Wasps are mainly predatory carnivores. They hunt small insects for their own food, and to feed their young. You will see wasps visit flowers, however, for two reasons. They drink flower nectar for quick energy while they hunt, and they use flowers as a hunting ground for smaller insects that are also attracted there. In fact, several kinds of wasps are beneficial in gardens, since they are predators of insects that damage plants.
A Vespid wasp pollinates a goldenrod flower.
The most common wasps that you will see in Canada are yellow jackets, bald faced hornets and paper wasps. These are all social insects that live in colonies. The colonies mostly die over winter; only mated females survive, starting a new brood of female worker wasps each spring. Because the colonies increase in size during the summer, you will probably notice more of the social wasps in late summer and fall. If you see many wasps of the same kind in your observations, especially late in the season, they are probably one of the social wasps. If you see only one or two of a particular kind in late summer, it is likely a solitary wasp.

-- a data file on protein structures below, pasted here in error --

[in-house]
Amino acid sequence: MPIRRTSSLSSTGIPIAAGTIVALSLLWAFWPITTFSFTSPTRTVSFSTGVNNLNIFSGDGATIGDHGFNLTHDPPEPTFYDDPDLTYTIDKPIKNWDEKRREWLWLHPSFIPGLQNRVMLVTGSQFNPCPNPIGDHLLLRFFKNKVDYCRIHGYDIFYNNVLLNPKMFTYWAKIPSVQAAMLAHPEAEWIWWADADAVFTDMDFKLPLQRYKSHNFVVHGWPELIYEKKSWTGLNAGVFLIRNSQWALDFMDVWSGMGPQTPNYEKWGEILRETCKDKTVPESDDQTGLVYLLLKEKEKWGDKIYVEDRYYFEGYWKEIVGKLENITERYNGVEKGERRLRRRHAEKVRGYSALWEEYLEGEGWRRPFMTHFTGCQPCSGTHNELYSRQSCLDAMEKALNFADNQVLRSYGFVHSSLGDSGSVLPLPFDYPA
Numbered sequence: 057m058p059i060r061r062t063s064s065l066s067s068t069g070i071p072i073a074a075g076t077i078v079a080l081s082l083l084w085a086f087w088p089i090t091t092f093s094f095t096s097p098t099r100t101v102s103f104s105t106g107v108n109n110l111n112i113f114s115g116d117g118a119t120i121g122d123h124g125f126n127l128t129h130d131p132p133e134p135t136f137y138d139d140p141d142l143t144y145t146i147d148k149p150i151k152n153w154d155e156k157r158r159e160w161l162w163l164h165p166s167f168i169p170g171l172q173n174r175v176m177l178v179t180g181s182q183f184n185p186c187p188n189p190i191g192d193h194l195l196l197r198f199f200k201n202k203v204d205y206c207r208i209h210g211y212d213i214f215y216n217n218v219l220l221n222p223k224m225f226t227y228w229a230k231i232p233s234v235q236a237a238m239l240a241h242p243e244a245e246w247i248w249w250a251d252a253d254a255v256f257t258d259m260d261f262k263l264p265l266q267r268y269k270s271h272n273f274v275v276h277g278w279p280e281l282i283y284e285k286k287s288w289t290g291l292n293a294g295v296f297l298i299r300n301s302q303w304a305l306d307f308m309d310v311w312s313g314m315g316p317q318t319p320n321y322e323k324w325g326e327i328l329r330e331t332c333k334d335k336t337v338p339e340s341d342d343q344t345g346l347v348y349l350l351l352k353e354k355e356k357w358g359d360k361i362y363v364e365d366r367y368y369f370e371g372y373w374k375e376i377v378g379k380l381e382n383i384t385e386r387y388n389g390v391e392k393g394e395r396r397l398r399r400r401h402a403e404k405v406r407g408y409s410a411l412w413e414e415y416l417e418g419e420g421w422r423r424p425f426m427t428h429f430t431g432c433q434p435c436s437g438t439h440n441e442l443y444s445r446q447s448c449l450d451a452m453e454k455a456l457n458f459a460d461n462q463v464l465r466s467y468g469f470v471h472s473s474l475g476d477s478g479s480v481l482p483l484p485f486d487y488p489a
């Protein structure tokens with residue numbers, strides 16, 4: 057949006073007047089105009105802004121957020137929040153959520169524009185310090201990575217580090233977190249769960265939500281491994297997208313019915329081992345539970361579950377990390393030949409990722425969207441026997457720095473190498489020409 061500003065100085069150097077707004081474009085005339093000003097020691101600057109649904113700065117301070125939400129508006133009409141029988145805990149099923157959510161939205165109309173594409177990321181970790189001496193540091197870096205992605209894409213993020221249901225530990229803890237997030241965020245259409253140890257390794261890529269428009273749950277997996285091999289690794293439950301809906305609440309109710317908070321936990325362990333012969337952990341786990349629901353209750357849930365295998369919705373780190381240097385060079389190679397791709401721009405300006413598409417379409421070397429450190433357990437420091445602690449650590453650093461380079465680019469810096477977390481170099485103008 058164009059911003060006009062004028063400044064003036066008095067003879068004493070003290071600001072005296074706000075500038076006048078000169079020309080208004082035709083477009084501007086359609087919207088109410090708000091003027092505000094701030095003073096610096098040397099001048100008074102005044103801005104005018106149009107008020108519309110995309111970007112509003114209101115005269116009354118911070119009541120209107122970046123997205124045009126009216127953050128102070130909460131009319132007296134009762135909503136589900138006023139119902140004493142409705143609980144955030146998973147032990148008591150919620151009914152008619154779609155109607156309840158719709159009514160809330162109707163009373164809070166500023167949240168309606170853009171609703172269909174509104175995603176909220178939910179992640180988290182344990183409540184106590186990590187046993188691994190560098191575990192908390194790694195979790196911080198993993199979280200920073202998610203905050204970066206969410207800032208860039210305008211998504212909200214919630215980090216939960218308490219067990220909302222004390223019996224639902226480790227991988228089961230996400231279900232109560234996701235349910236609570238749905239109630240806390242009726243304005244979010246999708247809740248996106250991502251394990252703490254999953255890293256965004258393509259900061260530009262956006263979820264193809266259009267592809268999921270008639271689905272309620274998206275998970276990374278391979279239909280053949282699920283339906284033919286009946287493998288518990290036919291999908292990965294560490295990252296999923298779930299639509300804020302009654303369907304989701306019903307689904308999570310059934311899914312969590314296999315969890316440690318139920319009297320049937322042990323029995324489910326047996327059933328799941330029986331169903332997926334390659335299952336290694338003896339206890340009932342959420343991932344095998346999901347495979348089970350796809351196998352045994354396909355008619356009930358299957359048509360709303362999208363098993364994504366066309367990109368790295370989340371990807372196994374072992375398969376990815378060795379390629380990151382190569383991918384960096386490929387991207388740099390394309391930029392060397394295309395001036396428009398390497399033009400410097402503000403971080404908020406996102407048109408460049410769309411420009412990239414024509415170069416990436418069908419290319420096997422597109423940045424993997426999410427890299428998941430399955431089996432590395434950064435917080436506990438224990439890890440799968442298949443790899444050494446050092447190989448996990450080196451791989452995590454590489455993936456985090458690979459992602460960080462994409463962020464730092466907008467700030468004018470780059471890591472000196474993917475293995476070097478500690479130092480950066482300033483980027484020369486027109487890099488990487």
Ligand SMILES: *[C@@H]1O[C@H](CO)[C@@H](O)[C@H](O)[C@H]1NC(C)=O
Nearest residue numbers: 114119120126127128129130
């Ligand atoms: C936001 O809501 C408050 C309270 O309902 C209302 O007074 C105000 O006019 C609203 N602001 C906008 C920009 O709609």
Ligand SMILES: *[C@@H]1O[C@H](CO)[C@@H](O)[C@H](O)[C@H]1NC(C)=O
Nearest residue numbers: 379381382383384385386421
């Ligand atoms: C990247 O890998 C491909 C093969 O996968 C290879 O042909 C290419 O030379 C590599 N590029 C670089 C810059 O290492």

There are many species of solitary wasps, such as the Vespid wasps. They shelter in small holes in logs or in the ground, and live an independent lifestyle. Like all wasps, they are mainly predators of small insects, but some species collect pollen to feed their young.
Wasps can be identified by their slender, needle-thin waists, oval eyes and long antennae. They also generally have smooth bodies, unlike the hairy bodies of bees and flies. Most wasps sting, but only the females, since the stinger is a modified ovipositor (egg laying structure) in infertile worker females.